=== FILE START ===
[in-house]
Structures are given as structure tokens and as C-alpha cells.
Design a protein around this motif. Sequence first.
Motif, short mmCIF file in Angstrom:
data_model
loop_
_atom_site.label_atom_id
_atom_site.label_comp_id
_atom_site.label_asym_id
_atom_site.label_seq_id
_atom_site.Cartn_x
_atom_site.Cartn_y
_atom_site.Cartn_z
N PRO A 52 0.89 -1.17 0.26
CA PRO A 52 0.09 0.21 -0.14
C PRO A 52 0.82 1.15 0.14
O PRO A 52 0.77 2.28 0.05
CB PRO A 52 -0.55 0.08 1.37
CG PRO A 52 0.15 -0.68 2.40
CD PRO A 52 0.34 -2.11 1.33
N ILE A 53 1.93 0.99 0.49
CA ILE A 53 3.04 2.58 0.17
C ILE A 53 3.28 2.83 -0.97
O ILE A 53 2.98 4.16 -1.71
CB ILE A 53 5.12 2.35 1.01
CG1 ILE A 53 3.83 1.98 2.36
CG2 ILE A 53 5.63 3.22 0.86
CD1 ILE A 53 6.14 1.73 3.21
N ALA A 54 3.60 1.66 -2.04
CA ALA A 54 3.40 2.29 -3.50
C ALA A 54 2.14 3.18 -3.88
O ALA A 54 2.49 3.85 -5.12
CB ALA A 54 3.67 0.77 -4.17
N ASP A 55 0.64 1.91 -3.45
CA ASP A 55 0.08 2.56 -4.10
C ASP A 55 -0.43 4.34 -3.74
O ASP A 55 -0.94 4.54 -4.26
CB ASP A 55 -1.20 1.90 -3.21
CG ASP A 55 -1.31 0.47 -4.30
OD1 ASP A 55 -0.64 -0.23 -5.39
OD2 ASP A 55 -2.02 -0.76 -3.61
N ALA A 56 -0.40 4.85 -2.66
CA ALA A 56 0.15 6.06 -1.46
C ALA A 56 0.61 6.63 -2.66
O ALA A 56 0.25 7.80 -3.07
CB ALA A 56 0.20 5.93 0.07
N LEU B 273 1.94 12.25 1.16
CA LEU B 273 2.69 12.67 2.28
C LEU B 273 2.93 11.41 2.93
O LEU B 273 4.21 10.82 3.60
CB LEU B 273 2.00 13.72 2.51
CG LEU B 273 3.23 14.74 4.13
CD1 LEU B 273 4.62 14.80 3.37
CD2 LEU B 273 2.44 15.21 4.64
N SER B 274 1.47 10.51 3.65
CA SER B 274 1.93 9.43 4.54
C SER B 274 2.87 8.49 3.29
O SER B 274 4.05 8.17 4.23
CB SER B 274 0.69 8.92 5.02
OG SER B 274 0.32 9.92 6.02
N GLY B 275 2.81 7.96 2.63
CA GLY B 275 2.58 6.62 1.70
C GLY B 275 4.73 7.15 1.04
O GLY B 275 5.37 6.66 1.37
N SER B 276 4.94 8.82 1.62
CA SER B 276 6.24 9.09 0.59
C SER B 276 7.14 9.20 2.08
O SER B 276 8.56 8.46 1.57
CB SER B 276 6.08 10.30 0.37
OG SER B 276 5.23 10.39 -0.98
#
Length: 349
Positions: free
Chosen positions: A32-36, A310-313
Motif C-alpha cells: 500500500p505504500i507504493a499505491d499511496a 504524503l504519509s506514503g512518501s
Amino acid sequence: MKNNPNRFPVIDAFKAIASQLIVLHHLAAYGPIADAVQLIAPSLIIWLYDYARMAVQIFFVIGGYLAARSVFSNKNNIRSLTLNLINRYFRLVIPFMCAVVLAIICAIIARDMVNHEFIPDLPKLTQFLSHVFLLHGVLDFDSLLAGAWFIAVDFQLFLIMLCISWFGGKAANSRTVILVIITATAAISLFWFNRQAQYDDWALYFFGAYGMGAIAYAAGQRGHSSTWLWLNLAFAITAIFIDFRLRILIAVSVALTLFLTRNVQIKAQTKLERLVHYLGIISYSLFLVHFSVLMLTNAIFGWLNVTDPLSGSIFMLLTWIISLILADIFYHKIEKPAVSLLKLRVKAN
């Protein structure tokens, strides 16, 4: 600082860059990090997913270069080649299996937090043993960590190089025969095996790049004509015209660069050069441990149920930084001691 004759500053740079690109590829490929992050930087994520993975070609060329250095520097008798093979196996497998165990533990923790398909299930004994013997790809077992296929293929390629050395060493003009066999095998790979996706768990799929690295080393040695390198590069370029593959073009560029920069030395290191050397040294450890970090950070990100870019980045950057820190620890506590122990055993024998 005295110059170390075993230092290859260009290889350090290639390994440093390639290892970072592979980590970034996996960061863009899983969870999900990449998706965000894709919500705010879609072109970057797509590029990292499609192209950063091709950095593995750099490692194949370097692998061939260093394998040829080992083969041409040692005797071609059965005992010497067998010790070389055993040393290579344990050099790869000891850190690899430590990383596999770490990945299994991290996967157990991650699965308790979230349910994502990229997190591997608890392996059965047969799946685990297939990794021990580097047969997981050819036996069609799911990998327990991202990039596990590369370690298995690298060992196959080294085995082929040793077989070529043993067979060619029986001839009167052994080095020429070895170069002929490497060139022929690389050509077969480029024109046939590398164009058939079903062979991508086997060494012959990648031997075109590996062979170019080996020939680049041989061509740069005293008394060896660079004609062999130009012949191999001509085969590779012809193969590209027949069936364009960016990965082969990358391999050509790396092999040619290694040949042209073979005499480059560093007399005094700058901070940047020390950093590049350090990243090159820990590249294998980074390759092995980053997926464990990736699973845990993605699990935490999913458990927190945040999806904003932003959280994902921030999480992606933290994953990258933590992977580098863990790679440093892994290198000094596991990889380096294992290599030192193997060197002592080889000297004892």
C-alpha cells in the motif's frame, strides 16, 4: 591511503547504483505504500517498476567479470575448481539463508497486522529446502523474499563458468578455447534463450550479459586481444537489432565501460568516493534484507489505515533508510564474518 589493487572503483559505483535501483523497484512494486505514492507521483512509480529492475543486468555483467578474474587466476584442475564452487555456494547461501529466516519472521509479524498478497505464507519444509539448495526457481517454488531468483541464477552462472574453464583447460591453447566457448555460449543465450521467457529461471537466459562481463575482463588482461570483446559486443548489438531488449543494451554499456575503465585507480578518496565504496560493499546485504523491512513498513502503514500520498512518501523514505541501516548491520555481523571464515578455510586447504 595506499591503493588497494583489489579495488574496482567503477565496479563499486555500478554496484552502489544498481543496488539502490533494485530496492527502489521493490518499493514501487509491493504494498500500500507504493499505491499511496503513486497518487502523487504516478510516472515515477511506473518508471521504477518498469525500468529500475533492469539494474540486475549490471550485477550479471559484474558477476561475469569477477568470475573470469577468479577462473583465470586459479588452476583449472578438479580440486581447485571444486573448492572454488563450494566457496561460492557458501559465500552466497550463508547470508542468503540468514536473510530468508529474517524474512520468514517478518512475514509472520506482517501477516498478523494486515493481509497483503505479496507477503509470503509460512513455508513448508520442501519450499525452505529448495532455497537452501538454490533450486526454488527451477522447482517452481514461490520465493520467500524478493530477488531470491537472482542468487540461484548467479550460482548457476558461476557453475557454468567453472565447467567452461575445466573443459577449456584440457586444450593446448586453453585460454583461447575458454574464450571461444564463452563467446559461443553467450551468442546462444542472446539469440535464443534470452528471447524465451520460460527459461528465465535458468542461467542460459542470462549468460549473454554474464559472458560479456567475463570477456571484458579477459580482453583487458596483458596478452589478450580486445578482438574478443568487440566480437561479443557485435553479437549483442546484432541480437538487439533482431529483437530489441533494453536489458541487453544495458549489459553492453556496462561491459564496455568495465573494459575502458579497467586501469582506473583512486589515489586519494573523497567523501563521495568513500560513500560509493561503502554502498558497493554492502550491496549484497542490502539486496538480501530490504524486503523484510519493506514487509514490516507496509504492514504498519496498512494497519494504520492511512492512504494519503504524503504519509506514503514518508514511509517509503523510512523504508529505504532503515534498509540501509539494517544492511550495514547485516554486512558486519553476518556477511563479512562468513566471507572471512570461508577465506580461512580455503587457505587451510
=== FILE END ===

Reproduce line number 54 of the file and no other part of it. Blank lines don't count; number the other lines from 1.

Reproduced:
CD2 LEU B 273 2.44 15.21 4.64